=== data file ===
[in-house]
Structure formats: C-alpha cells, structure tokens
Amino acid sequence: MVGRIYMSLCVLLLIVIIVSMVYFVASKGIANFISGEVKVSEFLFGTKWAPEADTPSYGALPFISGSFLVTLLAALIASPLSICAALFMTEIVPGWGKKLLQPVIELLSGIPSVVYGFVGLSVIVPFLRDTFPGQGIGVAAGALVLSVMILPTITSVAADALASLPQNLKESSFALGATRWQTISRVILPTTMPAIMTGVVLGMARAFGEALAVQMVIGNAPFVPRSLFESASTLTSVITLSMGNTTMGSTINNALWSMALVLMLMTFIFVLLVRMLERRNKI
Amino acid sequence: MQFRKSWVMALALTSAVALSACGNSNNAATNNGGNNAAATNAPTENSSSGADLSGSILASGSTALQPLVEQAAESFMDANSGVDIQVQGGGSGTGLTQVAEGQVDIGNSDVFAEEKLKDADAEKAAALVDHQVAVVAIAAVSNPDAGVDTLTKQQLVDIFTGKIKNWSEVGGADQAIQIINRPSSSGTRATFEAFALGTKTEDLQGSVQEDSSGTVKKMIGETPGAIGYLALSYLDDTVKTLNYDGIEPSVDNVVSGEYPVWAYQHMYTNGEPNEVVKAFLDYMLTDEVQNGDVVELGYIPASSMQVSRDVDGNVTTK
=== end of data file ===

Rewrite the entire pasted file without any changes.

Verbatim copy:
[in-house]
Structure formats: C-alpha cells, structure tokens
Amino acid sequence: MVGRIYMSLCVLLLIVIIVSMVYFVASKGIANFISGEVKVSEFLFGTKWAPEADTPSYGALPFISGSFLVTLLAALIASPLSICAALFMTEIVPGWGKKLLQPVIELLSGIPSVVYGFVGLSVIVPFLRDTFPGQGIGVAAGALVLSVMILPTITSVAADALASLPQNLKESSFALGATRWQTISRVILPTTMPAIMTGVVLGMARAFGEALAVQMVIGNAPFVPRSLFESASTLTSVITLSMGNTTMGSTINNALWSMALVLMLMTFIFVLLVRMLERRNKI
Amino acid sequence: MQFRKSWVMALALTSAVALSACGNSNNAATNNGGNNAAATNAPTENSSSGADLSGSILASGSTALQPLVEQAAESFMDANSGVDIQVQGGGSGTGLTQVAEGQVDIGNSDVFAEEKLKDADAEKAAALVDHQVAVVAIAAVSNPDAGVDTLTKQQLVDIFTGKIKNWSEVGGADQAIQIINRPSSSGTRATFEAFALGTKTEDLQGSVQEDSSGTVKKMIGETPGAIGYLALSYLDDTVKTLNYDGIEPSVDNVVSGEYPVWAYQHMYTNGEPNEVVKAFLDYMLTDEVQNGDVVELGYIPASSMQVSRDVDGNVTTK